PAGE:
Seriously, What’s Going on at HighTower?
Financial Planning magazine has been doing some wonderful reporting on HighTower, a Chicago-based brokerage and RIA that recruits breakaway wirehouse teams, provides its service platform to independent firms on an a la carte basis, and buys RIAs.
In addition to calling into question HighTower’s financing model, the publication has pointed to legal wrangling between the firm and former executive Ed Friedman, who’s now with HighTower platform-business rival Dynasty Financial Partners.
Now, amid flattering rumors that HighTower is in talks to buy most of WealthTrust, a network of 12 firms owned by private equity firm Lee Equity Partners, Financial Planning reports that another top HighTower executive may be heading for the door.
According to Financial Planning, Michael Parker, HighTower’s head of sales, either has left, is leaving, or has jumped to a near-the-exit role as a “consultant” to HighTower.
FA-IQ can’t confirm that because HighTower didn’t return our calls. But when we telephoned Parker directly on Friday, we were told he was indeed available to talk – and then, abruptly, not.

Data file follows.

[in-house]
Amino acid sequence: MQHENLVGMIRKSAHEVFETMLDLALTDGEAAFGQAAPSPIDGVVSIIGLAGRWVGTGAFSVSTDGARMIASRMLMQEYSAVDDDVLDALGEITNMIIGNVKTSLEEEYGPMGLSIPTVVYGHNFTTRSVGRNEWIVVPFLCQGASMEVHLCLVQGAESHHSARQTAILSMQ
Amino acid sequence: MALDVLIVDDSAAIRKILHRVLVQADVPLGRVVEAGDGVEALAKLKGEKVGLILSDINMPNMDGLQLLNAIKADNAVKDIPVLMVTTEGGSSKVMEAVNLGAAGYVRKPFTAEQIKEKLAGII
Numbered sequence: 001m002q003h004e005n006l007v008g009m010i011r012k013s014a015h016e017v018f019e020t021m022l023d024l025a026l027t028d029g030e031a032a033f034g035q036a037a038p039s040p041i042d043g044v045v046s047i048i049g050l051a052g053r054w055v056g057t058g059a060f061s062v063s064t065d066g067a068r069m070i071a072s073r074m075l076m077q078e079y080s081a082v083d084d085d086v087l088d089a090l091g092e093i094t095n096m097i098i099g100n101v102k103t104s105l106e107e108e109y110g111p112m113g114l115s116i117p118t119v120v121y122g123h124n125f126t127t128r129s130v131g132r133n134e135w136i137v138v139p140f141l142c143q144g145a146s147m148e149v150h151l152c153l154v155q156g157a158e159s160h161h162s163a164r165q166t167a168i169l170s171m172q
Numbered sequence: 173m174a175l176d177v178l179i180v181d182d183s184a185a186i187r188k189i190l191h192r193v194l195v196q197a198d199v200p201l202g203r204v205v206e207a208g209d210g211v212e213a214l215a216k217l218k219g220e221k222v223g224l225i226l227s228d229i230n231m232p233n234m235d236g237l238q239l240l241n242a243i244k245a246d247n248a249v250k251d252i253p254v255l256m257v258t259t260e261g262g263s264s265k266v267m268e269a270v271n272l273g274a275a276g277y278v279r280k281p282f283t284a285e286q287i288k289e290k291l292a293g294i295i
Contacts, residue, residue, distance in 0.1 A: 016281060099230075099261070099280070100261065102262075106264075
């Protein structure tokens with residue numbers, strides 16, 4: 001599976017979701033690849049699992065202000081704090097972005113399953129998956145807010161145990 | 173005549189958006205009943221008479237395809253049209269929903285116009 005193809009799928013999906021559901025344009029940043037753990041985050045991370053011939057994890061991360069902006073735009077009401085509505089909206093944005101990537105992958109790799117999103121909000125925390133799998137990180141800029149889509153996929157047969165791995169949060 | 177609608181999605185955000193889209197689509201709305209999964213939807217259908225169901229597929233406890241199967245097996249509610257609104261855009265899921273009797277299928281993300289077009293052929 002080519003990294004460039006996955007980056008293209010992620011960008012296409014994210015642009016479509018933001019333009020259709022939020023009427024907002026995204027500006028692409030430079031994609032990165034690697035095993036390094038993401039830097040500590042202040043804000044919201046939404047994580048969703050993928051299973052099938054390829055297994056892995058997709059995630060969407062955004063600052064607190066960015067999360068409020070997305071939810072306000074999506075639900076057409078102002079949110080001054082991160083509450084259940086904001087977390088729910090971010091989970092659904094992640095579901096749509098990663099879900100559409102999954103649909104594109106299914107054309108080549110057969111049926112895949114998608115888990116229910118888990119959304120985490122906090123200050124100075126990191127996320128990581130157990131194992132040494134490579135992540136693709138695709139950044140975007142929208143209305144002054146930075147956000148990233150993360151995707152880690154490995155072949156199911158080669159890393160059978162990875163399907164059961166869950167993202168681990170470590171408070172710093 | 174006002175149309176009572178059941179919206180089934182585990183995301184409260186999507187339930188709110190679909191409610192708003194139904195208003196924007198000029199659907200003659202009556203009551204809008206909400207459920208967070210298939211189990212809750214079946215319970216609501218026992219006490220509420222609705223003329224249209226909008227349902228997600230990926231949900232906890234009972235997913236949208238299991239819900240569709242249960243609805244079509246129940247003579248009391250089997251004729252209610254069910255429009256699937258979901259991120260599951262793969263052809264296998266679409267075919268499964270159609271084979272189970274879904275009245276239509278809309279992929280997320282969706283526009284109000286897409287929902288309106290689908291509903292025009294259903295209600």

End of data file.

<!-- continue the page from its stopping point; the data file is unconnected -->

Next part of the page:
If Parker is leaving, he joins Friedman and Mike Papedis, formerly head of HighTower’s RIA-rollup unit, in making high-profile exits.
Meanwhile, Financial Planning says HighTower’s prospective purchase of the WealthTrust properties would be a “game-changer” that puts it up there with wealth firm aggregators like Focus Financial Partners, United Capital and AMG Wealth Partners.
But then Financial Planning also recently reported that Edelman Financial Services plans to start buying firms.
That’s interesting because Edelman Financial Services is part of Edelman Financial Group, which is part-owned by Lee Equity Partners, which also owns WealthTrust (though it doesn’t see fit to list it as part of its portfolio of private equity holdings).
So, if the Edelman Financial Services part of Lee Equity-owned Edelman Financial Group wants to buy wealth firms, why doesn’t it buy Lee Equity-owned WealthTrust and nab 10 or 12 wealth firms in one go?
Edelman Financial Services declines to entertain the question. Ditto Lee Equity Partners.
But the circumstances – and the silence of the parties involved – raise questions about how much of game-changer WealthTrust actually would be for HighTower.
And here’s some irony: Houston-based WealthTrust was founded in the late 1990s as one of the first RIA rollups. It stalled out about a decade ago, and – other than some chuck-ins courtesy of Lee Equity – hasn’t made an acquisition since.